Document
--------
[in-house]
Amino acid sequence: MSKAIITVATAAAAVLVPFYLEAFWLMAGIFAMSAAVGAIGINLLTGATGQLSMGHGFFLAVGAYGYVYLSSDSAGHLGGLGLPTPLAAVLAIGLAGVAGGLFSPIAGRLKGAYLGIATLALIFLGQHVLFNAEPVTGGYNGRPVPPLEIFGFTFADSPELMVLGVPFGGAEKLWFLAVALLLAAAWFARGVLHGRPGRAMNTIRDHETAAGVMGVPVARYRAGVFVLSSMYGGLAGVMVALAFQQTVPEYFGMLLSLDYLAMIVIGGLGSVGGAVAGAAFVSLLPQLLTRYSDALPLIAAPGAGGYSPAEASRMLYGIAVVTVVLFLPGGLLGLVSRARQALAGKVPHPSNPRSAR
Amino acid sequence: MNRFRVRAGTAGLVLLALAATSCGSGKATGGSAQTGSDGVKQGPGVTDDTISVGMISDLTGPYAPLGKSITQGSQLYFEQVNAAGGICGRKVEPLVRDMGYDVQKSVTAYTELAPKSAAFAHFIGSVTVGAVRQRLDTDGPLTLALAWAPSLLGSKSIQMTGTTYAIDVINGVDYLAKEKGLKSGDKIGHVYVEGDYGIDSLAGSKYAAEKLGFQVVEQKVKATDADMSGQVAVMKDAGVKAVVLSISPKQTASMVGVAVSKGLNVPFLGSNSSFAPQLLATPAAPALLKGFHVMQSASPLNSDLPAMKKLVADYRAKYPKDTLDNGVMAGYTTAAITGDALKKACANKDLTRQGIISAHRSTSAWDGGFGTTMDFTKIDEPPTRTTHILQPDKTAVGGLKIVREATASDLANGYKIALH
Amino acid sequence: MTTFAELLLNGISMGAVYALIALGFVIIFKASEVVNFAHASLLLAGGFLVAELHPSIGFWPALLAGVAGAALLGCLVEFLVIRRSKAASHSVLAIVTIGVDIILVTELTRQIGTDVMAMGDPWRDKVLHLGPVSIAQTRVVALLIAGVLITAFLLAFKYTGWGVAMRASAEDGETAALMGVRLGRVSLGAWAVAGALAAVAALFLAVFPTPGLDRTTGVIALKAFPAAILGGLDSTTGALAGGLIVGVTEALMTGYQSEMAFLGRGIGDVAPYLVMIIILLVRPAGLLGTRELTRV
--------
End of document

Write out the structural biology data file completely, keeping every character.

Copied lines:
[in-house]
Amino acid sequence: MSKAIITVATAAAAVLVPFYLEAFWLMAGIFAMSAAVGAIGINLLTGATGQLSMGHGFFLAVGAYGYVYLSSDSAGHLGGLGLPTPLAAVLAIGLAGVAGGLFSPIAGRLKGAYLGIATLALIFLGQHVLFNAEPVTGGYNGRPVPPLEIFGFTFADSPELMVLGVPFGGAEKLWFLAVALLLAAAWFARGVLHGRPGRAMNTIRDHETAAGVMGVPVARYRAGVFVLSSMYGGLAGVMVALAFQQTVPEYFGMLLSLDYLAMIVIGGLGSVGGAVAGAAFVSLLPQLLTRYSDALPLIAAPGAGGYSPAEASRMLYGIAVVTVVLFLPGGLLGLVSRARQALAGKVPHPSNPRSAR
Amino acid sequence: MNRFRVRAGTAGLVLLALAATSCGSGKATGGSAQTGSDGVKQGPGVTDDTISVGMISDLTGPYAPLGKSITQGSQLYFEQVNAAGGICGRKVEPLVRDMGYDVQKSVTAYTELAPKSAAFAHFIGSVTVGAVRQRLDTDGPLTLALAWAPSLLGSKSIQMTGTTYAIDVINGVDYLAKEKGLKSGDKIGHVYVEGDYGIDSLAGSKYAAEKLGFQVVEQKVKATDADMSGQVAVMKDAGVKAVVLSISPKQTASMVGVAVSKGLNVPFLGSNSSFAPQLLATPAAPALLKGFHVMQSASPLNSDLPAMKKLVADYRAKYPKDTLDNGVMAGYTTAAITGDALKKACANKDLTRQGIISAHRSTSAWDGGFGTTMDFTKIDEPPTRTTHILQPDKTAVGGLKIVREATASDLANGYKIALH
Amino acid sequence: MTTFAELLLNGISMGAVYALIALGFVIIFKASEVVNFAHASLLLAGGFLVAELHPSIGFWPALLAGVAGAALLGCLVEFLVIRRSKAASHSVLAIVTIGVDIILVTELTRQIGTDVMAMGDPWRDKVLHLGPVSIAQTRVVALLIAGVLITAFLLAFKYTGWGVAMRASAEDGETAALMGVRLGRVSLGAWAVAGALAAVAALFLAVFPTPGLDRTTGVIALKAFPAAILGGLDSTTGALAGGLIVGVTEALMTGYQSEMAFLGRGIGDVAPYLVMIIILLVRPAGLLGTRELTRV